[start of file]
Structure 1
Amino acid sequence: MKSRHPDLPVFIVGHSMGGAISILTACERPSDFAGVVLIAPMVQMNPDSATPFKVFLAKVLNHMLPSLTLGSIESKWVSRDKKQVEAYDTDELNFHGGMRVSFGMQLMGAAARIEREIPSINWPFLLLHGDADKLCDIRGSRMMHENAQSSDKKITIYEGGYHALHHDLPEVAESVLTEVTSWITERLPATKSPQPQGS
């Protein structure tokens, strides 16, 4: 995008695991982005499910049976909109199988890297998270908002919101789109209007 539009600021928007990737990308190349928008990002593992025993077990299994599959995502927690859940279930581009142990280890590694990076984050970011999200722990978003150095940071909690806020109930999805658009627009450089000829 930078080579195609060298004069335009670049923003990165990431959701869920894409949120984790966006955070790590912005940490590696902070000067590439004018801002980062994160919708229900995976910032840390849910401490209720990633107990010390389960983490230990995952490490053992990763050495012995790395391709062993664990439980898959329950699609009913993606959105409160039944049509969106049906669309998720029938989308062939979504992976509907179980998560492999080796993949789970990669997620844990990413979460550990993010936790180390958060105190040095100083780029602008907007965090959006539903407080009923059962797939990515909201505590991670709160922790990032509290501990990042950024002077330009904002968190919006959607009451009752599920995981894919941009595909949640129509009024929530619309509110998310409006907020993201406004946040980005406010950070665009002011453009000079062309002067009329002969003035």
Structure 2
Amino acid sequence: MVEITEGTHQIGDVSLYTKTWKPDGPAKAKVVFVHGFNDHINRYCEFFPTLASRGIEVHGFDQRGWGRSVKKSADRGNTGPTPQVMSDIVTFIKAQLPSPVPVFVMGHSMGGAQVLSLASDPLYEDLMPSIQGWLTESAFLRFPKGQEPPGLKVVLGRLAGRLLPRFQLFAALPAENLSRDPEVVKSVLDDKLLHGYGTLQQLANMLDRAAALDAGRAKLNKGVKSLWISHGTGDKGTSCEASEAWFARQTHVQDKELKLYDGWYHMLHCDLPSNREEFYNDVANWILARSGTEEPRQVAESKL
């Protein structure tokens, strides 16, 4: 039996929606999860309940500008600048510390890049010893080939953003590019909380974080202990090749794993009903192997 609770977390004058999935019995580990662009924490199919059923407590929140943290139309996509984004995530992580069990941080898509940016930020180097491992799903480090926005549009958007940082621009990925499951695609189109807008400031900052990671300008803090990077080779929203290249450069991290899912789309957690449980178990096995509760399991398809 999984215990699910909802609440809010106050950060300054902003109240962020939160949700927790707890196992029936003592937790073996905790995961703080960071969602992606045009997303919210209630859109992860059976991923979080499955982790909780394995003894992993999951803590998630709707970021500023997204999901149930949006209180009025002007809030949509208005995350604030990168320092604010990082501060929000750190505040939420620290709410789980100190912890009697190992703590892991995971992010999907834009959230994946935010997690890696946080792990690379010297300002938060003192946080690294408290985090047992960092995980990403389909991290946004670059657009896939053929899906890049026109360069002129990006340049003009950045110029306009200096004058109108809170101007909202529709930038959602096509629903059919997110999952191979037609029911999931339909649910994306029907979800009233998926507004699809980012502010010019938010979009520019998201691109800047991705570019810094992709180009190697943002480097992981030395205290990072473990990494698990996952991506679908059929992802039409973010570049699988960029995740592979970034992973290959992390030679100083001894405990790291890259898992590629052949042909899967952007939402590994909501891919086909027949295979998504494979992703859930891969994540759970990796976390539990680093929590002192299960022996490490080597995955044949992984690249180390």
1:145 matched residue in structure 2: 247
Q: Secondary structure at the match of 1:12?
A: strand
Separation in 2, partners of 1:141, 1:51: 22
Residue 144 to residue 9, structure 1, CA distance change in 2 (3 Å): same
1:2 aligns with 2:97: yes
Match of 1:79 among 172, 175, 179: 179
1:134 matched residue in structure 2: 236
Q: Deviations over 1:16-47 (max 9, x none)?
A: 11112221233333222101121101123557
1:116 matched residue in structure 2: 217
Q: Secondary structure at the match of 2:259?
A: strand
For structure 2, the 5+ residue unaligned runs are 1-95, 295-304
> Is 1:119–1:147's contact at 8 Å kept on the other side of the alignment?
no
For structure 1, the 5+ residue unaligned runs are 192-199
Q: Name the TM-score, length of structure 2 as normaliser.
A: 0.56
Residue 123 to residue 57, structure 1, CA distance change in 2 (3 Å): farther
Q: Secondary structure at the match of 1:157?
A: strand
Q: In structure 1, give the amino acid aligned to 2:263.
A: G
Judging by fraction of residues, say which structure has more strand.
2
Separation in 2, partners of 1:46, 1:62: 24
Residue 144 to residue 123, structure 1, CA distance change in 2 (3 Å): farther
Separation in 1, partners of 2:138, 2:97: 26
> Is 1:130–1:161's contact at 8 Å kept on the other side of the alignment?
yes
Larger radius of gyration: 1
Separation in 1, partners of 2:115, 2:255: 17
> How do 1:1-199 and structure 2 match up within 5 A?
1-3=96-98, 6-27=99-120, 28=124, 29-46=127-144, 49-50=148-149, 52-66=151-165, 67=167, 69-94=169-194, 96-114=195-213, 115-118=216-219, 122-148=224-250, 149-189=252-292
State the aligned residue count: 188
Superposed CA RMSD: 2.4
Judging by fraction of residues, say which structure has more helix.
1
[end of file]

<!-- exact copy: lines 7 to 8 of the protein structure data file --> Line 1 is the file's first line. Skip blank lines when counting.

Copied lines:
1:145 matched residue in structure 2: 247
Q: Secondary structure at the match of 1:12?